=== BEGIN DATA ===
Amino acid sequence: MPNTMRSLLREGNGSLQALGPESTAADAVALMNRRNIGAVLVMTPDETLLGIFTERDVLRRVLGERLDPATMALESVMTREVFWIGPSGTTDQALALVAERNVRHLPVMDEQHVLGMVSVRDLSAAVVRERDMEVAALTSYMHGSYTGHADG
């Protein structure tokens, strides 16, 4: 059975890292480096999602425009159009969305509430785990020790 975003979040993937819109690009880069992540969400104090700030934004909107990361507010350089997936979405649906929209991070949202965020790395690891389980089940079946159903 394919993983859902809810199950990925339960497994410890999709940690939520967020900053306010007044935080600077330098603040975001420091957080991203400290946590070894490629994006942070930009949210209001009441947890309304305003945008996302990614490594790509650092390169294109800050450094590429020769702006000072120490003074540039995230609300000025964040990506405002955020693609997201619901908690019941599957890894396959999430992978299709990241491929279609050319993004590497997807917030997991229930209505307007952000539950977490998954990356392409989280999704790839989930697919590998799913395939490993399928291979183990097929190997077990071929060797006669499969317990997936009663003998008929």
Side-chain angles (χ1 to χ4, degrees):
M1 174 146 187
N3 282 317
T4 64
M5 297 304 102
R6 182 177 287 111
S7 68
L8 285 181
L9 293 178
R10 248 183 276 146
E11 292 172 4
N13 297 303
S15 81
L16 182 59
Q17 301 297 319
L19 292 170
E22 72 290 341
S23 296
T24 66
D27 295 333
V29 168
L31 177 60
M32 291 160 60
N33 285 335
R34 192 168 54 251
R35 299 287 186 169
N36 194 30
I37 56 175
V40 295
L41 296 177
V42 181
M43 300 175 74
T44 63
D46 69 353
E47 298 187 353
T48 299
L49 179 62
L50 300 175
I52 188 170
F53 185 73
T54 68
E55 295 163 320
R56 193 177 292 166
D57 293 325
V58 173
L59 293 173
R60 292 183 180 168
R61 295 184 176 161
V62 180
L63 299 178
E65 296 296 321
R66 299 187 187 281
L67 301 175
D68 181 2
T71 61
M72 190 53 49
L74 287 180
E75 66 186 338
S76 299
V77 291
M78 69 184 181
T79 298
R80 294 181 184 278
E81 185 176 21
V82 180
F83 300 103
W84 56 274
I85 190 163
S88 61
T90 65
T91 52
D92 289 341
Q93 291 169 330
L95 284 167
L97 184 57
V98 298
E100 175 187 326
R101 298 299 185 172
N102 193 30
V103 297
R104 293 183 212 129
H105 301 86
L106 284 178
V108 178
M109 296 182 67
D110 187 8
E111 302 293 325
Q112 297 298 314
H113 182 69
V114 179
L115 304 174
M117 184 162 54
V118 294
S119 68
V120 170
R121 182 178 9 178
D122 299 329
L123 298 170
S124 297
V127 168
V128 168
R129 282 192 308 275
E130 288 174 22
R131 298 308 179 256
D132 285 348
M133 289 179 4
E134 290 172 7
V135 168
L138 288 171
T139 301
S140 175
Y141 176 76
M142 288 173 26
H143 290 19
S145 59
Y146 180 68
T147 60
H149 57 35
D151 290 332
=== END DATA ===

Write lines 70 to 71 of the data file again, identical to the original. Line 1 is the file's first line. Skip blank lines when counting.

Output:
I85 190 163
S88 61